Reading Your ‘Aura’: Episode 2 of ‘American Horror Stories’ Season 2

Season 2, episode 2 of “American Horror Stories” is a parable for facing your past and owning up to your mistakes, no matter how large.

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The promotional poster for “Aura”. (Hulu/American Horror Stories)

Blythe Bouza, Senior Staff Writer

Episode 2, “Aura,” in the new season of Ryan Murphy and Brad Falchuk’s “American Horror Stories,” centers itself around the following quote: “The world is split between the ones who plan their lives and the ones who serve those that plan their lives.”

The conflict between free will and destiny creates the “horror” of this installment–and it all begins with a simple doorbell.

Couple Jaslyn and Bryce Taylor (Gabourey Sidibe and Max Greenfield) have just moved into their new home, and although they’re safely tucked away in a gated community chock-full of security guards and avid neighborhood watch members, Jaslyn still feels uneasy thanks to a home invasion she experienced over 20 years ago. 

Cue the Aura–the market’s newest, most innovative, smart door camera. 

I’m sure you can see where this story is going; home invasion and harassment aren’t exactly new territory in the world of horror movies and shows. While Aura might not be the most viscerally scary idea concocted by Murphy and Falchuk, it feels rooted in reality—one that could be our own. How many people do you know that have a Ring, Nest or even a Blink video doorbell?. It’s not hard to imagine Jaslyn and Bryce as our own neighbors. Overall, “Aura” turns out to be a surprisingly satisfying and solid episode despite some logical reaches.

Beginning as a warning against all of this new technology we allow into our homes, “Aura”  almost plays out more like an episode of “Black Mirror” than “American Horror Stories.” However the appearance of Mr. Hendricks (Joel Swetow) screaming through the video camera with his gaunt face and stringy Mr. Filch-esque hair reminds us that we’re supposed to be frightened more than pensively chilled.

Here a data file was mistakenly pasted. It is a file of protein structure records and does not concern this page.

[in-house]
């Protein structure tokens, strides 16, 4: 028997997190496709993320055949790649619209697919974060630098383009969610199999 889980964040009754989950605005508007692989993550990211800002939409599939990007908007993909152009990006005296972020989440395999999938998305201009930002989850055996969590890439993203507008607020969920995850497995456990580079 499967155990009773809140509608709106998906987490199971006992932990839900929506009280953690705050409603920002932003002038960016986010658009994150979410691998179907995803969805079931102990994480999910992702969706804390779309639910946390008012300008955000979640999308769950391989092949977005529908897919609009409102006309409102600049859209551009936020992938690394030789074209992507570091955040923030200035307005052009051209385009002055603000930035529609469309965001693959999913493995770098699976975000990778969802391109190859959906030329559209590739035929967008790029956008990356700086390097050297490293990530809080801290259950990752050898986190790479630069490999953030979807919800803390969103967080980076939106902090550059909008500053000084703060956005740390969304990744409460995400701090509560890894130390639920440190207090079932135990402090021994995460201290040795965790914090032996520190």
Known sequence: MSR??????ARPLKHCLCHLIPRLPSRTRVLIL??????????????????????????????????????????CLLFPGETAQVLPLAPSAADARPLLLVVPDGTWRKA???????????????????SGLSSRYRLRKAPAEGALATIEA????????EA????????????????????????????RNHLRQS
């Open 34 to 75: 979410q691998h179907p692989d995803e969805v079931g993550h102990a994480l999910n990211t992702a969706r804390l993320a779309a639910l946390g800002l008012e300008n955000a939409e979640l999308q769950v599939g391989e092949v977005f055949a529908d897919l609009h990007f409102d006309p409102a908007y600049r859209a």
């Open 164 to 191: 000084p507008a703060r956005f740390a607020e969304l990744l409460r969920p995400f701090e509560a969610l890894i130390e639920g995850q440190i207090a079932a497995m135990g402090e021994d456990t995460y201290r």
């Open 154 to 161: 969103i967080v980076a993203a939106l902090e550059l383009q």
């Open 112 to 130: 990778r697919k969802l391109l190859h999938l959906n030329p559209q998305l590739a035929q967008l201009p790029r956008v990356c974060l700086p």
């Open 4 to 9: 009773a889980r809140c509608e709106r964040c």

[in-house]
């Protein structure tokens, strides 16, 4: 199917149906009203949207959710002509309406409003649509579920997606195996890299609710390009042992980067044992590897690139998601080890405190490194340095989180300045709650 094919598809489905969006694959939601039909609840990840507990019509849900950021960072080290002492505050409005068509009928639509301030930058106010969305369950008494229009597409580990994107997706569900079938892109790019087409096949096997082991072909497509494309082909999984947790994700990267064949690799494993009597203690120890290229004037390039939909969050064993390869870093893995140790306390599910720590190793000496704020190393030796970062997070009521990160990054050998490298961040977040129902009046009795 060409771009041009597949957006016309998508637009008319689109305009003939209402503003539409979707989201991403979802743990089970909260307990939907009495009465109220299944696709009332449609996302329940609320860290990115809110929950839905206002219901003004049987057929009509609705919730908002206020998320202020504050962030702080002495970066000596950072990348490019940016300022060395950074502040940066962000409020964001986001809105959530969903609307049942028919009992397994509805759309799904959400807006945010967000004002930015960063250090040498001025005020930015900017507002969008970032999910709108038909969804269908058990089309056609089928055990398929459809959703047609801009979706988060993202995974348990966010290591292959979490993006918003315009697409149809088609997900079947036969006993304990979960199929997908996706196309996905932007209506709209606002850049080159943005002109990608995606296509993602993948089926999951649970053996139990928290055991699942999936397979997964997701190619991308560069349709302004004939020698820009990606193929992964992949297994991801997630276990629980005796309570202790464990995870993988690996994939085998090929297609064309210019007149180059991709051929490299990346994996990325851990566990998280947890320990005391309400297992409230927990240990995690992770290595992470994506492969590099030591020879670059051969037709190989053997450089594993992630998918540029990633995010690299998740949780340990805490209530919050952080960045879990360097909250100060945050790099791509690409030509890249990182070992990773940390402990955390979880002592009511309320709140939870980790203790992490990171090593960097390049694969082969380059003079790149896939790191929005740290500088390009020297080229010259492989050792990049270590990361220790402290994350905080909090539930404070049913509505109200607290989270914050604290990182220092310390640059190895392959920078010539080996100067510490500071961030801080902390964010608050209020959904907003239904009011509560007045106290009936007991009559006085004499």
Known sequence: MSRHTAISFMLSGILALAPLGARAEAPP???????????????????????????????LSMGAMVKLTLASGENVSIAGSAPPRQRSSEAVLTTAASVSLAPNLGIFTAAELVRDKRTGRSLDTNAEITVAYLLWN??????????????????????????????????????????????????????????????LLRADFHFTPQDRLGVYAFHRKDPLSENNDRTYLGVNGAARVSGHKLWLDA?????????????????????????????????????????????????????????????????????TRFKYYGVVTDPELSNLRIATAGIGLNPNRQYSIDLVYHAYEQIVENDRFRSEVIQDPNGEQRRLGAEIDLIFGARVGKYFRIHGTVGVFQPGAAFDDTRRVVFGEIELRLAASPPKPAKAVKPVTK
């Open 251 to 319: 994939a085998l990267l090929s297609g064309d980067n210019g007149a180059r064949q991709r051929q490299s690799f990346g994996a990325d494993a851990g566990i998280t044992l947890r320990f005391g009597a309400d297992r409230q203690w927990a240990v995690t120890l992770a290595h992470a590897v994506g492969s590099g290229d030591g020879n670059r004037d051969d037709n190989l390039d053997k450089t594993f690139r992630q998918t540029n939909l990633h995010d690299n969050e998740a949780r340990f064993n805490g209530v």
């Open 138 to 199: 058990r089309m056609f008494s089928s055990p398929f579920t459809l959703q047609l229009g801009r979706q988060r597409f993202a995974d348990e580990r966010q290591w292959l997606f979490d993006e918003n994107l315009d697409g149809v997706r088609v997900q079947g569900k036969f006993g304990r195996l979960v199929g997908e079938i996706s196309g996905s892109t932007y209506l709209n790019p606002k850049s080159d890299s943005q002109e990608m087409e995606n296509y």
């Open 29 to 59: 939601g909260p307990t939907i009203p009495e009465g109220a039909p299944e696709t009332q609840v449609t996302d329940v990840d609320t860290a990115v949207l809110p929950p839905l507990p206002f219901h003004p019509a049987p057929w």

Mr. Hendricks keeps appearing at Jaslyn’s door, becoming the crucial cog in this episode’s machine given Jaslyn’s past traumatic experience. The show’s depiction of the invasion from her youth is cheesy at best, poorly executed at worst, with the invaders wearing cliche animal masks that seemed like they were pulled straight out of “The Purge” or any other home invasion film in history. If the creators wanted to make Jaslyn’s paranoia a pillar of this episode, I would have liked more context on what happened to her as a child.

Image depicting a man on an Aura doorbell camera.
Image depicting Mr. Hendricks on Jaslyn’s doorbell camera. (Hulu/American Horror Stories) (Hulu)

The entire plot of “Aura ” feels focused on Jaslyn attempting to convince everyone that her story and Mr. Hendricks are real. A la cliche home invasion films, the app won’t record the security footage like its supposed to, the police don’t believe her and the neighbor’s security cameras don’t reveal any man on her porch shaking her doorknob. Even her husband–a slightly condescending and arrogant workaholic who is reminiscent of a darker version of Greenfield’s iconic “New Girl” role as Schmidt–doesn’t believe her.

Eventually, the story painstakingly moves away from this trope and morphs into something more invigorating and exciting. 

We are introduced to the origin of Mr. Hendricks, a lonely janitor who had an unsettling hyperfixation on Jaslyn in her high school days. I originally thought it would be her 20-year-old nightmare come true, but I was proven wrong. Unlike some horror characters, Swetow’s portrayal of Hendricks never comes across as one you can laugh off. His sadness, loneliness and longing evoke feelings of pity and empathy. This approach is helpful for when Jaslyn has to face her past and atone for her sins against Hendricks. 

Throughout the episode, otherworldly figures also appear on the Aura cameras. The reasoning for these visions is a major stretch, but I’ll let it slide for the sake of moving the plot along.

Through the theme of forgiveness, reparation and even a little bit of karma, we’re brought back to what it takes to plan out one’s life and what lengths some people will go to avoid serving another. 

Overall, “Aura” offers fun thematic and tonal shifts compared to its predecessors. Instead of focusing on the extremes of the supernatural, it mixes them into everyday life for a more modern and relatable take. With the occasional need for the suspension of disbelief aside, “Aura” is one of the stronger “American Horror Stories” episodes, and I look forward to seeing what’s next.